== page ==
In 18 years of being a principal, implementing restorative practices is the most valuable thing I’ve done.

Summary: Restorative practices begin with a focus on community building. In Principal Matt Hornbeck’s school community, implementing restorative practices reduced detentions, suspensions and office referrals and increased teacher retention. Read on to understand what a restorative system looks like and how to get a school community started.

This is part of our series on Restorative Practices in Baltimore City Schools. You can see the first post here.

When you look at the mission statement of almost every school, you’ll find a word that speaks to the concept of “joy.” We all want students and teachers to experience joy in our school communities. Joy can be a hard thing to manufacture, but in my 18 years as a principal, I’ve found that restorative practices have come closer than any other component of our work.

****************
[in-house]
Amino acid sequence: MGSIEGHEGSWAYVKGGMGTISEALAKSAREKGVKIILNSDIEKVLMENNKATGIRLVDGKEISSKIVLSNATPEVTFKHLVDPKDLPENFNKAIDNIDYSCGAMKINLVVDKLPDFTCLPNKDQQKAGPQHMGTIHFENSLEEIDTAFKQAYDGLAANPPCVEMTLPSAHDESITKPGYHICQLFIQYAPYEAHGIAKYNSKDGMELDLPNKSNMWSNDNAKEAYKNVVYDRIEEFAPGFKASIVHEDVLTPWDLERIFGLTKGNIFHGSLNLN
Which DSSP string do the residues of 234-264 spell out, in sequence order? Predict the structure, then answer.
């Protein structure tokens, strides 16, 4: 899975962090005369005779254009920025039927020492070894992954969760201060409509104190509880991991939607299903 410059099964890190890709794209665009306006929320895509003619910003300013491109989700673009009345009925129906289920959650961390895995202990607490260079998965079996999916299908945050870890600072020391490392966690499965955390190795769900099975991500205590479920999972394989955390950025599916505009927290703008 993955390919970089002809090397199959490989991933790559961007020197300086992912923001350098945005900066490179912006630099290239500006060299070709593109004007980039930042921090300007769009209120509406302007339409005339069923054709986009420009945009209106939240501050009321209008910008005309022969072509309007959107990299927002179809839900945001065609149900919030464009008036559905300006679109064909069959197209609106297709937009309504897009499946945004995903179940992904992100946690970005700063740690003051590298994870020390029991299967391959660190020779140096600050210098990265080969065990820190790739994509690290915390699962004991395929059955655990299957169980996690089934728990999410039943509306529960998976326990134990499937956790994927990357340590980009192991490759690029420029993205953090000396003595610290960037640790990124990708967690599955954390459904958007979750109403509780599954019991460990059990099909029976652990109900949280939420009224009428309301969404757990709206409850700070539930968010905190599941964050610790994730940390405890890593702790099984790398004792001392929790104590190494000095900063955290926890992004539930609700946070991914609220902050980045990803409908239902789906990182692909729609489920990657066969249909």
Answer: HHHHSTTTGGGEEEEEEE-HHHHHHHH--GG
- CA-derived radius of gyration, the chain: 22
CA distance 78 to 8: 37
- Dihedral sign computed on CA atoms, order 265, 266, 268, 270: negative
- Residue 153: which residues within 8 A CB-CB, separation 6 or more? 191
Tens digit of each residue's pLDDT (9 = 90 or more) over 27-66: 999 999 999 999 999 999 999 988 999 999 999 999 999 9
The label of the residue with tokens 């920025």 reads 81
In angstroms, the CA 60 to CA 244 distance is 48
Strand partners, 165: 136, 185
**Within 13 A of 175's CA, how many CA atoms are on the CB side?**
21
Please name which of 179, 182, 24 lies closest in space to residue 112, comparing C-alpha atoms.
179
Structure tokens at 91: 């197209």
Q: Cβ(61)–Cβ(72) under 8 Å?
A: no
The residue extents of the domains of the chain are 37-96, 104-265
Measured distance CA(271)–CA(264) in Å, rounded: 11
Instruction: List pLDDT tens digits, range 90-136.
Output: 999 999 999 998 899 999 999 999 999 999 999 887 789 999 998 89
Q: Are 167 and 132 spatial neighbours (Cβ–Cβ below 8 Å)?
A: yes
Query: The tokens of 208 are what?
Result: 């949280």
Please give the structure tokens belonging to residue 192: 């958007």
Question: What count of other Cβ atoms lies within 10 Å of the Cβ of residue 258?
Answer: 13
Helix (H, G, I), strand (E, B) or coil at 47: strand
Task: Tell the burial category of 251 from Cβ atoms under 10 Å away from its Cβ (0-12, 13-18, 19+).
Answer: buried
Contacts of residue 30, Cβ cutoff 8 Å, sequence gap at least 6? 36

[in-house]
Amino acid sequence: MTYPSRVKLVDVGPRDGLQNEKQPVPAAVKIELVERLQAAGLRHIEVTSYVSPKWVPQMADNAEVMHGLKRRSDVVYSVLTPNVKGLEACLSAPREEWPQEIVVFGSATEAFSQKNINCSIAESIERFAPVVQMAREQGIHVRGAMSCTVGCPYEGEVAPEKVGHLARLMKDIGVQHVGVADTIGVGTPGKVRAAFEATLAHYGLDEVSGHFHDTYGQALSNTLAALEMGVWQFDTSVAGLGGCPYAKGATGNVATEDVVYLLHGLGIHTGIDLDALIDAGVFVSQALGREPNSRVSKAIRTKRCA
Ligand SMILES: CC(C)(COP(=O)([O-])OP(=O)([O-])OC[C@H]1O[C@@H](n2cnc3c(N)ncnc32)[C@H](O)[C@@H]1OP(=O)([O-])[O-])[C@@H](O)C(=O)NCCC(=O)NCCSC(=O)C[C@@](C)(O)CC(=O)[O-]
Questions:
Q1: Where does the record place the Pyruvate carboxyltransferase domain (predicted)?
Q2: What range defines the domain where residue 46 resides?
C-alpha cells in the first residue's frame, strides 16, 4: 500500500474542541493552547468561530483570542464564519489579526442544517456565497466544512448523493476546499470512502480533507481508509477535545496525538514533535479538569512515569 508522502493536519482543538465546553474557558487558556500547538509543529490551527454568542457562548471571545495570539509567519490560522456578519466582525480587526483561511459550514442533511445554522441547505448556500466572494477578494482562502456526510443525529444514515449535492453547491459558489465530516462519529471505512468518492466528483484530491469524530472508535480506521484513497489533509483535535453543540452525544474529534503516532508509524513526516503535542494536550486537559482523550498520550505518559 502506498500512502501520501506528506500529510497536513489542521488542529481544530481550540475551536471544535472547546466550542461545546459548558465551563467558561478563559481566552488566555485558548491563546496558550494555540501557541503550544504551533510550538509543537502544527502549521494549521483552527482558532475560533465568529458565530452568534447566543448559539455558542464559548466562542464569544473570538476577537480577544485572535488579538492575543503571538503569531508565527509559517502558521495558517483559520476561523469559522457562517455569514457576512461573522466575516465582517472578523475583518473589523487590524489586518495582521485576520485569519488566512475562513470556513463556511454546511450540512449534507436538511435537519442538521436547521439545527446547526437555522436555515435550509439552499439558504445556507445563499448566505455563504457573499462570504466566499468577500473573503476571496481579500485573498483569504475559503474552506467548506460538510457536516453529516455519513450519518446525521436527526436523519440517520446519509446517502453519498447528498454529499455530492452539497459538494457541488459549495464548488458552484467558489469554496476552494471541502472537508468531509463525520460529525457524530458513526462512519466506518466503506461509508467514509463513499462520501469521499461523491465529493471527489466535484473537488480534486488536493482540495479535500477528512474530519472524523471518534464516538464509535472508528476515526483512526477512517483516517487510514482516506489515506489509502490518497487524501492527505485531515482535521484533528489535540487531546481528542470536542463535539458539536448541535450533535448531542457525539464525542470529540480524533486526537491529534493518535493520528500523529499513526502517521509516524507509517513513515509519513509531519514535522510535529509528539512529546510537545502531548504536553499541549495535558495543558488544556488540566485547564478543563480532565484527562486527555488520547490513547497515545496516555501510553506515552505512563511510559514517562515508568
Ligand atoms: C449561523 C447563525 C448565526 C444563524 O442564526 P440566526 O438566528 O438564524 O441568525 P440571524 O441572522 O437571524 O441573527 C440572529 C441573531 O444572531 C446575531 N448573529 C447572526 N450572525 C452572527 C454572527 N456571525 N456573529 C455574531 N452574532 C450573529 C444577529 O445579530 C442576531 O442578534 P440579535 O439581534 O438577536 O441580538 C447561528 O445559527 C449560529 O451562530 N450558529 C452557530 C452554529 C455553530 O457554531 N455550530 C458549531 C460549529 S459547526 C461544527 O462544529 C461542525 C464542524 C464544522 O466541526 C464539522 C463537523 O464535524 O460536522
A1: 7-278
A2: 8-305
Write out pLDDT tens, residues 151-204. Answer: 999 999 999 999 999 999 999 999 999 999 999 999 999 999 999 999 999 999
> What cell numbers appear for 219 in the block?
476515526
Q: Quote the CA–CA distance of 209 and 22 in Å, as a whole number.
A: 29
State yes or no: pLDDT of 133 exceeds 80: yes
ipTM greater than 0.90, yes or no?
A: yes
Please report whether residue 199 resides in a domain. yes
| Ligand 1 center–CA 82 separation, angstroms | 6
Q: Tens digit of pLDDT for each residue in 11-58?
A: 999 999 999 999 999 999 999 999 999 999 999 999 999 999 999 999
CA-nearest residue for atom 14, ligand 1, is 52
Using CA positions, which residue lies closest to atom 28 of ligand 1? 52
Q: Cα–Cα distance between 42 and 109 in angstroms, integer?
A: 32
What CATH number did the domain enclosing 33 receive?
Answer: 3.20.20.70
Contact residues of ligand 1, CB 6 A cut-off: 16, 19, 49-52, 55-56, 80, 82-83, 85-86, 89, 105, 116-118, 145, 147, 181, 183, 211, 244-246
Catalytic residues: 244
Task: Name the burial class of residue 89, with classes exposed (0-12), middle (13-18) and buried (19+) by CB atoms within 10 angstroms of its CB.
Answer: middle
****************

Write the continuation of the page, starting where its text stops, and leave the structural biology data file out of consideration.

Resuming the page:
My school community came to restorative practices because discipline was feeling very cyclical. Maybe a teacher would send a kid to the office, and I would talk with the kid and take them back to class. Often, nothing would feel resolved. Soon, I’d see that same kid in the office again. We were also troubled by our discipline data – both by our total numbers of suspensions and office referrals, and by the ways they were disproportionately impacting Black and Hispanic boys. We needed a change. We took a look at all the programs out there, and we decided to give restorative practices a try.